Arts and Crafts store Michaels recently issued a new report telling us all what we already knew, which was that between May 8, 2013 and February 27, 2014, Michaels and a subsidiary named Aaron Brothers were hacked by cybercriminals who stole credit and debit card information of 3 million of their customers.  At the end of 2013 and the beginning of 2014 we became aware of similar data breaches at Target and Neiman Marcus as well.  Although these are the large data breaches that made the news, the FBI has indicated that more than twenty retailers were hacked and there may be more that we have not even discovered yet.  In fact, many hackers now are focusing their attentions on smaller retailers whose security may not be as good as larger retailers.  In the data breaches of Michaels, Target and Neiman Marcus the malware used is called POSRAM Trojan which is a memory scraper that steals the information from the magnetic strips of credit cards and debit cards when it is swiped through the terminal before it is encrypted for transfer.  In the Target breach and many others, investigators are finding that the malware is put into the victim’s computer systems through initially hacking into the computers of third party vendors that have access to the computer systems of the larger stores.  In the case of Target, it was their heating and air conditioning company that was the victim of the initial hacking that enabled the hackers to, in turn, get access to Target.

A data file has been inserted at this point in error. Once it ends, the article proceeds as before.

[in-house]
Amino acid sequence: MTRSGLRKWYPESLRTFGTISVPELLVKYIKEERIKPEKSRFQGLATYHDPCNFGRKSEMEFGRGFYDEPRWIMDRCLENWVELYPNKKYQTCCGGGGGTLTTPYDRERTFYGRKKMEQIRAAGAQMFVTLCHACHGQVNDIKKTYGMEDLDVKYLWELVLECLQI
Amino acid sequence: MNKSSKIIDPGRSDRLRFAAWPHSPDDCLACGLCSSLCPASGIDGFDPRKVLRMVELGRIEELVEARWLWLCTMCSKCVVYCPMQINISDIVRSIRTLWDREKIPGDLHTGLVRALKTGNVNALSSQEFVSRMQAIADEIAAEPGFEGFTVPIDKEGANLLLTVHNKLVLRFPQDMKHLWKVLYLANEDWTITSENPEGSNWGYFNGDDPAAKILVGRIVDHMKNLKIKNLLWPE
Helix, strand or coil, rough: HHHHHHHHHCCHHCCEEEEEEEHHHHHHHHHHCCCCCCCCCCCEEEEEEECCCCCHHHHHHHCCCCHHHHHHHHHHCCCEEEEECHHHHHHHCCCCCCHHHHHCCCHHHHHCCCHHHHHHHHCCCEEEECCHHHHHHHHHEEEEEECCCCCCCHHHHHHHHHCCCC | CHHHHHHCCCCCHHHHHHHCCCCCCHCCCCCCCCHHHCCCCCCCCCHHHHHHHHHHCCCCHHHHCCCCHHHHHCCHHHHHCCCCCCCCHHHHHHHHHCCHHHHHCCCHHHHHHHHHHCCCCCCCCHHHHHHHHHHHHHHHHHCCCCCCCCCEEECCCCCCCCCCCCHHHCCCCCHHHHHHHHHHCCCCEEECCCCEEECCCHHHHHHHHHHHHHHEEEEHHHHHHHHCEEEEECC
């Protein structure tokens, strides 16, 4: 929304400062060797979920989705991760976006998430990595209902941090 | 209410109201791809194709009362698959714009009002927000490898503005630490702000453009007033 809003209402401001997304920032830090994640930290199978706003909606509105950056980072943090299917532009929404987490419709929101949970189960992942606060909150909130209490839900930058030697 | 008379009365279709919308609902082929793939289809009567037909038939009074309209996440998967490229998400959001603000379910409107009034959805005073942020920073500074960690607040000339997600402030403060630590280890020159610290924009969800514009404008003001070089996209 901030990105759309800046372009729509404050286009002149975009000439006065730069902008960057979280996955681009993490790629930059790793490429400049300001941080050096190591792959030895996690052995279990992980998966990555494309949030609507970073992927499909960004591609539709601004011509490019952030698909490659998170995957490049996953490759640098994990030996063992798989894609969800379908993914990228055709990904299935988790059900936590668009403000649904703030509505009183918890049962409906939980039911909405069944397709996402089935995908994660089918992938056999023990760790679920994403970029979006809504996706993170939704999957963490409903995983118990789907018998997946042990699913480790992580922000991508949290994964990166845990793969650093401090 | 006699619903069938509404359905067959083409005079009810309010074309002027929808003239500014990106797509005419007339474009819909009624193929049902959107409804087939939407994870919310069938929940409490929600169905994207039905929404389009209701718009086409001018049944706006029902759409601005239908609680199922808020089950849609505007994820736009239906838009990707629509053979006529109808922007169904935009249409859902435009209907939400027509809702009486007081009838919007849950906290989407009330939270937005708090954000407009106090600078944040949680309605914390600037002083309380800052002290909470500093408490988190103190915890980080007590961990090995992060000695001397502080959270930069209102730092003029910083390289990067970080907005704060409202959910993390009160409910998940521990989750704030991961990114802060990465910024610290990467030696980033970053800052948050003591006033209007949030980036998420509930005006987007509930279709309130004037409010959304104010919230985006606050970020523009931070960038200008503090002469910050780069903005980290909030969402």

So what can you do?  How do you defend yourself?


The first thing to remember is to limit your use of debit cards to ATM machines.  Debit cards do not provide the same consumer protection from liability that credit cards do and even when they do, it is more time consuming and inconvenient to straighten out your debit card account when you are the victim of a hacking.  When retailers finally get around to implementing the EMV chip technology used everywhere else around the world, the type of hacking we saw used against Target, Michaels and Neiman Marcus will no longer be effective, but until then, you have to recognize that regardless of how careful you are when you use your credit card, you are in danger of identity theft.  Make sure that you check your credit card balance often to recognize early on if you have become a victim.  Meanwhile, retailers have got to start doing a better job of isolating the parts of their computer systems that deal with processing credit and debit cards.  Presently they are just too easy to hack.  Finally, retailers have got to get better at educating their employees about clicking on links and downloading attachments in emails that promise games, videos, music and pornography that entice employees to download the malware used to effectuate these hacks.